Postponed to October 2023
Performance reviews are often viewed as meaningless bi-annual events, and this perception has been exacerbated by the rise of remote work. Consequently, some organisations are curtailing or even abandoning the performance review process altogether. However, such a short-sighted strategy may be associated with a limited understanding of the complex nature surrounding performance management. Performance reviews serve four critical functions that may be even more vital in the context of remote work, as outlined by Aguinis and Burgi-Tian (2021), namely:
Providing employees with strategic direction,
Offering employees opportunities for professional growth,
Ensuring fair and equitable administrative decisions related to pay and promotion based on merit, and
Identifying and retaining high-performing talent.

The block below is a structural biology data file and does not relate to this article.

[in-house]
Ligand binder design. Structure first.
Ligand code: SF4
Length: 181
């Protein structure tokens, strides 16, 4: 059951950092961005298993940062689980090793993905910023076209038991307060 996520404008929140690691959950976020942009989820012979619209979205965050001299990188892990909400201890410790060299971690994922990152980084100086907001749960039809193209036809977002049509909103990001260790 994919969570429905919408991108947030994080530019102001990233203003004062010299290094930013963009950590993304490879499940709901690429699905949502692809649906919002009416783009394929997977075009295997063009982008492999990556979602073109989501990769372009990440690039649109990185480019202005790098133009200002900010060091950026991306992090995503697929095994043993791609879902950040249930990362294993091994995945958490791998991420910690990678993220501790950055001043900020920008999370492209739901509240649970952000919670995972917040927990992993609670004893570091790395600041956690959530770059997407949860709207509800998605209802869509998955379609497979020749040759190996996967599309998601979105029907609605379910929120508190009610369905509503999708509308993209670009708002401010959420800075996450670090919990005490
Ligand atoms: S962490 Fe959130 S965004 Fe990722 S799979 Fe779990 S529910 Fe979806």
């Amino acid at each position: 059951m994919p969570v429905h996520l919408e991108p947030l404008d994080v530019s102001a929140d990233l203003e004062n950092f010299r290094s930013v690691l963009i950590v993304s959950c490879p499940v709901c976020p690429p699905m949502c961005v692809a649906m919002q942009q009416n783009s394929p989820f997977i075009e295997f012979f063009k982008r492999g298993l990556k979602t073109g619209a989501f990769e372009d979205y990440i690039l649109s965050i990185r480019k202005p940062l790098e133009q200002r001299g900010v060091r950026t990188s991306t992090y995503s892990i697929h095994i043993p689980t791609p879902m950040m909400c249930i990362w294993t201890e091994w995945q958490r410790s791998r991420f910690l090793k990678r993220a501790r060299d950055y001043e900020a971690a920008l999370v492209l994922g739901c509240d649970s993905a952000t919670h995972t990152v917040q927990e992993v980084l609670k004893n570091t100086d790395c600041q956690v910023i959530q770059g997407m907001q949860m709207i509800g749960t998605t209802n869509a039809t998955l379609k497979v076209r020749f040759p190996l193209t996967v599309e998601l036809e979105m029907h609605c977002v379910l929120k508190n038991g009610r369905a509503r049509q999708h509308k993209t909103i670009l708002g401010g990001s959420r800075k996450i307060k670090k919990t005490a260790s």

Performance is just one element of a broader cycle of work effort. This presentation aims to contextualize performance reviews within a larger framework of "meaning-creation" or "purpose-seeking," arguing that performance reviews are an essential component of the survival, progress, and well-being of the collective human enterprise.
Xander van Lill is a senior research associate at the Department of Industrial Psychology and People Management at the University of Johannesburg. He is also a research affiliate at JVR Psychometrics, where he is involved in research related to psychological assessments. Xander holds a professional registration as an industrial psychologist with the HPCSA and a provisional psychologist with the Australian Health Practitioner Regulation Agency (AHPRA). He served as an executive member of the Society for Industrial and Organisational Psychology of South Africa (SIOPSA). His academic and consulting interests include psychometrics, individual differences, work motivation, and work performance. His research publications can be found on Google Scholar or ResearchGate.